Inui, Mitake, Harue. The three who had tried to attack me with Nogiyama last night. They sat in a row on the curb, their backs turned to us, talking about something. Nogiyama probably wasn't there because of the damage I'd inflicted.

As far as I could tell from their conversation, they weren't looking for me for payback, but were simply here to enjoy the festival. I breathed a sigh of relief. That said, if they saw me, it could probably be trouble.

"Er, what is the matter?" Chigusa asked with some nervousness, looking between her hand and her face.

"It's the guys from last night," I said quietly, letting go of her hand. "I don't think they're looking for me, but it'd be bad if they saw us. Let's retreat while we can."

Chigusa stood tall and followed my gaze. "I see. The three sitting there?"

"Right. They haven't noticed us yet."

"Fukamachi." She looked toward my hand. "Do you mind if I take that shaved ice?"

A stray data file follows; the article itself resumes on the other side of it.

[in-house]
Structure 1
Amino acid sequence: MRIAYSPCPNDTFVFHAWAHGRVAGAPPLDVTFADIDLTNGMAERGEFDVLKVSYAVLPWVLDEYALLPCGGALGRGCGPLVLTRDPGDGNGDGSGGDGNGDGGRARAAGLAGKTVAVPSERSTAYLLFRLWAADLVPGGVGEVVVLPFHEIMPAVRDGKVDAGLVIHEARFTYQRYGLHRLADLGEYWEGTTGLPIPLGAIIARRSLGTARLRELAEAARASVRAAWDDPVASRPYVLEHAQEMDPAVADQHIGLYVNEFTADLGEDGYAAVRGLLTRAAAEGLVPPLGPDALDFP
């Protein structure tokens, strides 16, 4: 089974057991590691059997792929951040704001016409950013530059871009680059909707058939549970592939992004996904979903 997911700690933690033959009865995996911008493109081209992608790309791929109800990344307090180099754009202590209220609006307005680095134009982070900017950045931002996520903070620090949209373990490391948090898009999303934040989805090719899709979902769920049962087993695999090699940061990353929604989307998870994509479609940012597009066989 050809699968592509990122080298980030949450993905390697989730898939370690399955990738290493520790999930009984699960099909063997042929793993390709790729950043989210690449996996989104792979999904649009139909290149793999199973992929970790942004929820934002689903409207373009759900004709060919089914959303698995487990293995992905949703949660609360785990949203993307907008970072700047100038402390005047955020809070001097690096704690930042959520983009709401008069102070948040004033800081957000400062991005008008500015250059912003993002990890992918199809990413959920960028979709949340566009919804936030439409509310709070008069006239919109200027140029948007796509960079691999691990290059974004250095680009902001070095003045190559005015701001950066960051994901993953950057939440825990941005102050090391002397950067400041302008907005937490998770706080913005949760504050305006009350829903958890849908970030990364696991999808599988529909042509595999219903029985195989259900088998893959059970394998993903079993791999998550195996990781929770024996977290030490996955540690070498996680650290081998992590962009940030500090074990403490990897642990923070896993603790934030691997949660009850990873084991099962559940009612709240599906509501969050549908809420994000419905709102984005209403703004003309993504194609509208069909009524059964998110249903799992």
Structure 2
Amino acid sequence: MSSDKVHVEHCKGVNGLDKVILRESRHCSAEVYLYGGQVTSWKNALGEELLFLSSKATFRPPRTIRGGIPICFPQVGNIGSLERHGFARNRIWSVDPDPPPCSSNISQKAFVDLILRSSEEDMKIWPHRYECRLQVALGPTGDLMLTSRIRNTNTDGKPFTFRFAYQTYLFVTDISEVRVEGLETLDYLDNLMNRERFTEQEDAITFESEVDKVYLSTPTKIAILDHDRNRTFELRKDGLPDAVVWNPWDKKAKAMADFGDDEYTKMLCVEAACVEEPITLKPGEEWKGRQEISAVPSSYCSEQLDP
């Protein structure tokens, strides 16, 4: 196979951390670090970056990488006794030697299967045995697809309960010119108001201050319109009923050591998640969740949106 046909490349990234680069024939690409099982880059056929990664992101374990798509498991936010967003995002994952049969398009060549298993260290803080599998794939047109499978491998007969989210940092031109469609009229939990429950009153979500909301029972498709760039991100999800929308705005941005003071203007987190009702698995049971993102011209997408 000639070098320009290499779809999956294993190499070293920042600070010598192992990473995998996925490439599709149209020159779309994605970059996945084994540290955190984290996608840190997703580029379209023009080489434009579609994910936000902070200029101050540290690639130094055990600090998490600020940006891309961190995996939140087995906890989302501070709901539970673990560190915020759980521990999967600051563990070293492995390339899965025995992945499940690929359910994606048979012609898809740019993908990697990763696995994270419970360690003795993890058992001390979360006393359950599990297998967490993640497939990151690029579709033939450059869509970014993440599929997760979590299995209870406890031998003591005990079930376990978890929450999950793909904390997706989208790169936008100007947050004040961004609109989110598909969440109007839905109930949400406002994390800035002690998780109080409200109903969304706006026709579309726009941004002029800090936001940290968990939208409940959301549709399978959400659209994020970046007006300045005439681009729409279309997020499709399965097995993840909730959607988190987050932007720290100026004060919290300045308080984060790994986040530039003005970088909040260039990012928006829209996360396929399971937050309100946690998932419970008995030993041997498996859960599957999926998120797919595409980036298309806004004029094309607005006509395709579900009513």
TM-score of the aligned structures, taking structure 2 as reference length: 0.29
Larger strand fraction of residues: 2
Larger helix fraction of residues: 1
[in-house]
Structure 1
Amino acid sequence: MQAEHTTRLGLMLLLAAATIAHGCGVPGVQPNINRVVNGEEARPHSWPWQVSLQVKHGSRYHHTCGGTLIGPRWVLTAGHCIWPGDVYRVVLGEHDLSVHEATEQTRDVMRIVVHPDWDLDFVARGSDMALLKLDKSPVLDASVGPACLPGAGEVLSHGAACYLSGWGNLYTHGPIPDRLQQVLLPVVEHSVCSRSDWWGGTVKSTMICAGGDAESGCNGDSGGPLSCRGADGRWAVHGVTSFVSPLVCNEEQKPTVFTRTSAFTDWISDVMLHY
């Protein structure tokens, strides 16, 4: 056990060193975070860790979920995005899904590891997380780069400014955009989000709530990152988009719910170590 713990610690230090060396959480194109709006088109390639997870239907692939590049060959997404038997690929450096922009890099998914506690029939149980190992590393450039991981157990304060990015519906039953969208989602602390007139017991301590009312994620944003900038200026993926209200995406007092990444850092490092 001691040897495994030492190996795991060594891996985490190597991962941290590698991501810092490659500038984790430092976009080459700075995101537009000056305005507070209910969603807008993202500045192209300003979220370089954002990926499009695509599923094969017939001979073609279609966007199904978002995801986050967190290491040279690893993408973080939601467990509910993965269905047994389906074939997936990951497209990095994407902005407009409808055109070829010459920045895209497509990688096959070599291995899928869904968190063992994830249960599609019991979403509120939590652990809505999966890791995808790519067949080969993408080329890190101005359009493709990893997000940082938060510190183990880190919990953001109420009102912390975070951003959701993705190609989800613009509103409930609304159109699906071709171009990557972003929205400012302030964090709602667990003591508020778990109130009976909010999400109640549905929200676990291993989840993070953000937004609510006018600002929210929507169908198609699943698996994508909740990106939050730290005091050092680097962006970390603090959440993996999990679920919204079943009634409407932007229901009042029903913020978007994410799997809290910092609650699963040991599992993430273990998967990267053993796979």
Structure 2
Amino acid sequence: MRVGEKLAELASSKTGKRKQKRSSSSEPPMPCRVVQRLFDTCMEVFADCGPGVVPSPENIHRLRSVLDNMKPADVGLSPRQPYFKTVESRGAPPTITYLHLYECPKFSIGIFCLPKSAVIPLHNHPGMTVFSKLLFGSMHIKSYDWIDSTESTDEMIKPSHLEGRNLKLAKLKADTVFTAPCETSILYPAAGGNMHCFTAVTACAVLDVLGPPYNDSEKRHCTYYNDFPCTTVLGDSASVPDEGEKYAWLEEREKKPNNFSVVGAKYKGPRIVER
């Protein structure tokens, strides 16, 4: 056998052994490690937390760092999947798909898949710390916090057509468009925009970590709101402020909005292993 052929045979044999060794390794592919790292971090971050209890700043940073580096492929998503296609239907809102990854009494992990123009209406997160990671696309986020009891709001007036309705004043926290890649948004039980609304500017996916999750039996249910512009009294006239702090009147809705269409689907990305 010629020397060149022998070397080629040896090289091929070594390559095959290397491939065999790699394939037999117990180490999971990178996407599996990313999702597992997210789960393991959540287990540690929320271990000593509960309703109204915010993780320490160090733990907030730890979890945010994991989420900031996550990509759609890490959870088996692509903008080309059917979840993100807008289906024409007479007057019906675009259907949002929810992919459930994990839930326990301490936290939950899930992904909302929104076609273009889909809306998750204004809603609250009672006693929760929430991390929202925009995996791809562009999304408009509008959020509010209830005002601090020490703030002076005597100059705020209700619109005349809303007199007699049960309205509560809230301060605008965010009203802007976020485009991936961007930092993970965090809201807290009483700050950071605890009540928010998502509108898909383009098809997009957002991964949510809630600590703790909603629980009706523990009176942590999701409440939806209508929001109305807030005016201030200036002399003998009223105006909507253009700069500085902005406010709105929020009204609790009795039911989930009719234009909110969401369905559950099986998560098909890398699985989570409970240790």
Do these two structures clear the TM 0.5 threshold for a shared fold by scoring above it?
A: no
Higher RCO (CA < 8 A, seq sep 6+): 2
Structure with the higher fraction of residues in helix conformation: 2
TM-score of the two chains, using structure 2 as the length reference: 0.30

"Shaved ice? That's not really the..."

Before I could finish, Chigusa took the cups of shaved ice and quickly walked over to the three. I had no time to stop her, and the next moment, Chigusa was dumping the shaved ice on their backs. An emerald green mix of solid and liquid drew a parabola as it fell upon them. Making voices which were either screams or shouts, the three turned around, but Chigusa didn't falter, and poured the shaved ice with lemon drops in her other hand on their front sides. Then she turned on her heel, ran back, and took my hand as I stared in shock.

"Now, let us run."

It sure seemed like that was the only thing to do.


I think we ran around for about twenty minutes. Eventually, we ended up back at the shopping street where we started. The festival had long since ended, the lanterns were gone without a trace, and most of the stands were cleaning up, so people were sparse.

Looking back one last time to check for them chasing us, we sat down on a low wall and caught our breath. My heart flailed like a fish just reeled in, and sweat poured out my body. My stiff, sweat-soaked uniform felt unpleasant.